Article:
Here’s a surprise release under the Cosine flag, Unused Shmup Tunes is a harrowing morality tale about the evils of capitalism and the long term, far reaching effects they have on society as a whole… no? Okay, it’s actually a music collection which contains four pieces that aNdy composed for a shoot ’em up some idiot with a blog was meant to code…
aNdy also wrote the code driving the collection and drew the rather lovely PETSCII logo using his nearly complete screen editor for good measure! For those with inquisitive minds, all of the source code and a swathe of work files have been bundled up with the C64 executable in the archive that can be blagged from the Cosine website or at the CSDb.
So yeah… as I hinted above the tunes are actually for a scrolling shoot ’em up I was talking about doing as part of the rewrite of my C64 coding tutorials but, since I have the attention span of half a dozen ferrets in a particularly interesting museum, that’s been pushed onto the back burner for the foreseeable and it would’ve been a waste to let the music sit around gathering metaphorical dust.
So how about some arena-based blasting on the C64 for a quiet but annoyingly warm Sunday evening then? Well, there’s always Death Weapon from… erm, yours truly on the C64CD label that popped up as a last minute entry into RGCD’s 16K cartridge competition. So why not grab a joystick and blast those nasty little aliens into oblivion!
The gameplay was originally based on Jeff J Gosden’s Death Dealer from 1989 but had elements from other titles grafted into it and one thing to look out for in particular is the control scheme; moving the joystick guides the Death Weapon around the screen but it fires backwards unless the fire button is held down. That’s a combination of what Death Dealer does and the Hallucin-O-Bomblets sub game of Jeff Minter’s Batalyx, which was also the inspiration for the enemies materialising into the playfield rather than emerging fully formed from the borders. Another title that had ideas unceremoniously robbed from it was Intensity by Andrew Braybrook, more specifically it influenced the background graphics and the pretty parallax starfield behind them.
There’s a couple of graphical tricks going on to make elements of the game appear to be using colours not in the regular C64 palette as well, parts of the background use PAL blending – when two colours of the same luminance are placed next to each other on odd and even scanlines – to get what appear to be new colours and some of the enemy sprites are utilising a similar trick, alternating between two colours every frame so they appear to blend together. This is best experienced with a good old CRT display, as are the player’s bullets which are generated from one sprite which flickers back and forth between the two jobs at 50 frames a second.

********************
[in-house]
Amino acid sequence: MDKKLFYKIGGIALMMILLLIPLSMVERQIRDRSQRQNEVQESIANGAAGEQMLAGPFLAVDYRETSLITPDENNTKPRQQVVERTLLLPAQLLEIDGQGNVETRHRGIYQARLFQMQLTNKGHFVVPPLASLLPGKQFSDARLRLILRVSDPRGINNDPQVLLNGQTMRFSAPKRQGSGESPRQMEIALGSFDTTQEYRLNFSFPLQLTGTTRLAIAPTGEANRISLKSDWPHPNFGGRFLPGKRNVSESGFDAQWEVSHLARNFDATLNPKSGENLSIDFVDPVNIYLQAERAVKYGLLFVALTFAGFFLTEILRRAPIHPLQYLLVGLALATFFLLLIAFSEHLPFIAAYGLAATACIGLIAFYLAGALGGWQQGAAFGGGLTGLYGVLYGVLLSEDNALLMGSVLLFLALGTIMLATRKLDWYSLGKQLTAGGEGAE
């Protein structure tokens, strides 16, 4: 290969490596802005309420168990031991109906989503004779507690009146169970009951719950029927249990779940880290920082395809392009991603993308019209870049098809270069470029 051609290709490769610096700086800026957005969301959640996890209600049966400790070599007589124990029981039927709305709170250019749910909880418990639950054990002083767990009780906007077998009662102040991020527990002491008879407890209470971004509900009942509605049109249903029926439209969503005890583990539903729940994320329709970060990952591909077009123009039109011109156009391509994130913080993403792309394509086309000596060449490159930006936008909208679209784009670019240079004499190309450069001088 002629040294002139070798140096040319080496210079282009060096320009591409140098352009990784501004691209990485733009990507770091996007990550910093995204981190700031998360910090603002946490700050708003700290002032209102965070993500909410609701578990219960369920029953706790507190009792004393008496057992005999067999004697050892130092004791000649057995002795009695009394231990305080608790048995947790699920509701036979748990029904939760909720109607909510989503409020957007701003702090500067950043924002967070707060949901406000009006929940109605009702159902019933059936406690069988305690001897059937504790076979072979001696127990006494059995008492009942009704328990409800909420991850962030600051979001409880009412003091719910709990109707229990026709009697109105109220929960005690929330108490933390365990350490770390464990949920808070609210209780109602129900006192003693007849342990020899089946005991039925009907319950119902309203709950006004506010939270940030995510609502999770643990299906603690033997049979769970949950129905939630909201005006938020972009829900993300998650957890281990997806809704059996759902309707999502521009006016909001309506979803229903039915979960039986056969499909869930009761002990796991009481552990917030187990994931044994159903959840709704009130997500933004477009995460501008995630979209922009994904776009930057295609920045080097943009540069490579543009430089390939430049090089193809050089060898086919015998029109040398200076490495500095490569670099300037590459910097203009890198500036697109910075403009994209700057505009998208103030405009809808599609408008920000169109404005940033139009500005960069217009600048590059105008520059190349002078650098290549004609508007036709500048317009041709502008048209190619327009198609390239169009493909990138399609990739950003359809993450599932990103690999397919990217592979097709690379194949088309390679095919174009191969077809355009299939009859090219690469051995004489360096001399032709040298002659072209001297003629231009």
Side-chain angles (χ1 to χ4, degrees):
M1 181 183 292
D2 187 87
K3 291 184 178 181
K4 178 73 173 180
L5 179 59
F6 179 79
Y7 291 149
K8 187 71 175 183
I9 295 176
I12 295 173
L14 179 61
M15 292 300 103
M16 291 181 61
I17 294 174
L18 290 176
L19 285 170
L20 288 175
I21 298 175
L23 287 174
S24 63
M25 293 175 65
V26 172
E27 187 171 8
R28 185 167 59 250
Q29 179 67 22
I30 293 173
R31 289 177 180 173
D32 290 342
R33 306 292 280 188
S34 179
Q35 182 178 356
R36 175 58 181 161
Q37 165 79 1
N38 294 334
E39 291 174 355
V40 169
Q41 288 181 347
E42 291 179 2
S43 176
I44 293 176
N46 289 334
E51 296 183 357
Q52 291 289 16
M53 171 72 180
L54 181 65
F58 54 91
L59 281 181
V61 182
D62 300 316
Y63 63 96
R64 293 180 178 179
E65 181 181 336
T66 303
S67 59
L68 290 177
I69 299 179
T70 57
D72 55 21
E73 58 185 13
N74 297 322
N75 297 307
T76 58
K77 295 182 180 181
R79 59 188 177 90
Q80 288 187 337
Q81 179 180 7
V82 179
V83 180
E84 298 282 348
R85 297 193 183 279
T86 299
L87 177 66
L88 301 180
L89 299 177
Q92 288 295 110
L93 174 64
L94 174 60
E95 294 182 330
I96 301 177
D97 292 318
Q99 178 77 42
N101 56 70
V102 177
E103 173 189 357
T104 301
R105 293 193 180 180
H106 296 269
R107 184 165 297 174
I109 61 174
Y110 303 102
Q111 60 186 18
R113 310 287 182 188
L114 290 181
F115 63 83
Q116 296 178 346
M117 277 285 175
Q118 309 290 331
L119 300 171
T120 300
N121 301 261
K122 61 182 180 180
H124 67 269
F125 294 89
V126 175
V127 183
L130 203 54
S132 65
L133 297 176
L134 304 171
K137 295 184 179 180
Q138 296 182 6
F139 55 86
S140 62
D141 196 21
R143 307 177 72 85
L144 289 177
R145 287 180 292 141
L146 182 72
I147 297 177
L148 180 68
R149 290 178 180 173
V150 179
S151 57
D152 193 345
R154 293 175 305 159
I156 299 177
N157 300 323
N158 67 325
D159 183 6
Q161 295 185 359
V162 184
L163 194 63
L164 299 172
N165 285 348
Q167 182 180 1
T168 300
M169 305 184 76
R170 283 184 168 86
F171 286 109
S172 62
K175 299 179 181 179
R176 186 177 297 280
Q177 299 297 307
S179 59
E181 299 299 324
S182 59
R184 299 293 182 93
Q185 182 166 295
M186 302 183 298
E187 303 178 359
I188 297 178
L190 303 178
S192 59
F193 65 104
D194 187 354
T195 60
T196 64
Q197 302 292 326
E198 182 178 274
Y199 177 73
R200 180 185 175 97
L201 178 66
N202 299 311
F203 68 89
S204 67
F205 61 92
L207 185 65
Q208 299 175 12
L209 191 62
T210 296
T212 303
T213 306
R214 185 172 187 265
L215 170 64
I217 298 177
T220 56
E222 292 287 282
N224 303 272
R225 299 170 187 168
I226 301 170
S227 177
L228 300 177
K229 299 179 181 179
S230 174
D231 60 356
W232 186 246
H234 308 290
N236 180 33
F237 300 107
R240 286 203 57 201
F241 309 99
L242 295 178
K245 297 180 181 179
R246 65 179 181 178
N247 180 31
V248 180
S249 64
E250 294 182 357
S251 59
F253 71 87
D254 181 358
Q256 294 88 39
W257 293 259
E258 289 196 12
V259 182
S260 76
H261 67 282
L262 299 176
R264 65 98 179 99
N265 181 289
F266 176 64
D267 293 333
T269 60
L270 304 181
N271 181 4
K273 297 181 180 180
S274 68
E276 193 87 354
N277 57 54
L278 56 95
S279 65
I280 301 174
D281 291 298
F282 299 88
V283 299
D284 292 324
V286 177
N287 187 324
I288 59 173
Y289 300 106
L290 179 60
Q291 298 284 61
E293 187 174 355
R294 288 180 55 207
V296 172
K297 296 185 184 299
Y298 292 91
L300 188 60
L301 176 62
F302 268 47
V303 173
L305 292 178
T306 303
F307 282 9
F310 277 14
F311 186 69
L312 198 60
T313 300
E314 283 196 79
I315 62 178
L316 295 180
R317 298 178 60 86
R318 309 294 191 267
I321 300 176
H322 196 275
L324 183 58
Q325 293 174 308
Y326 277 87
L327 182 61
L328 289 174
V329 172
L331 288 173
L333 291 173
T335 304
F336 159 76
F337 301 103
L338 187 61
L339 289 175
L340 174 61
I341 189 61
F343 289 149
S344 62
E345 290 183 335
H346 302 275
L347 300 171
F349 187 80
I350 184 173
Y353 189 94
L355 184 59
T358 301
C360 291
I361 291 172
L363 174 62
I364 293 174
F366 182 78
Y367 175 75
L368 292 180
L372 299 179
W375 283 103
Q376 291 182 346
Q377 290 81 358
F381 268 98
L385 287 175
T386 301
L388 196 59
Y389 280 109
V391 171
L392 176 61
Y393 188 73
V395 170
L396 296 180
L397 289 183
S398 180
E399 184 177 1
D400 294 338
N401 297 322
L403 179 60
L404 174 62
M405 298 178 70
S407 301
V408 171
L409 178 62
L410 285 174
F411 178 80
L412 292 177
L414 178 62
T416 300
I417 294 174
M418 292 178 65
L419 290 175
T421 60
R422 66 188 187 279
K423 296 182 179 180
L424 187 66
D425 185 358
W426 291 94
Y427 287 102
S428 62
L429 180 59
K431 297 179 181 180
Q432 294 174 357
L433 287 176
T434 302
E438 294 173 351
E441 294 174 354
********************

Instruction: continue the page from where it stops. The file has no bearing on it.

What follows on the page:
None of this is new of course, but there’s some reasonably well commented source code over at Github for anyone fancying a prod around.
With Stercore XD released last weekend I’m sort of between projects… well okay, a hopefully final re-mastering of Hammer Down needs attention so I will have to give it a little thought at some point, but for various reasons I’ve been struggling more than a little with motivation on that one. Part of the problem is that every update to the code is a balancing act now and, even when that goes well, the changes also see me refreshing the greetings list which scrolls past on the titles page which is at best an uncomfortable process due to the data format I settled on to in a vain attempt to keep the size down.
So since I’m procrastinating there’s a chance that I’ll actually listen to the part of me which is constantly shouting “let’s make a new shoot ’em up” like a seven year old existing almost exclusively on a diet of E numbers. Right now that high-pitched, overly excited voice in my head reckons that a single screen blaster would be fun to do and I’ve got some unfinished business on that front anyway from when I started a “cover version” of a small game called Death Dealer that was intended for release on cartridge back when RGCD were limited to 16K. Perhaps it’s time to resurrect that project whilst perhaps wedging in some backgrounds or adding more complex waves to improve the longevity?
That would go some way towards bridging the gap in C64CD’s “narrative” too. My original plan was for the games to evolve over time almost like a newly-minted coder picking up skills between releases; I started out with a single screen gallery shooter – a reworking of the first assembly language game I coded as a beginner myself – and planned to build up the complexity with each game, but Stercore XD broke that sequence by leaping ahead a large distance.
With all of that said though, I’m reasonably sure that previous paragraph wasn’t just me trying to find excuses to work on another shoot ’em up.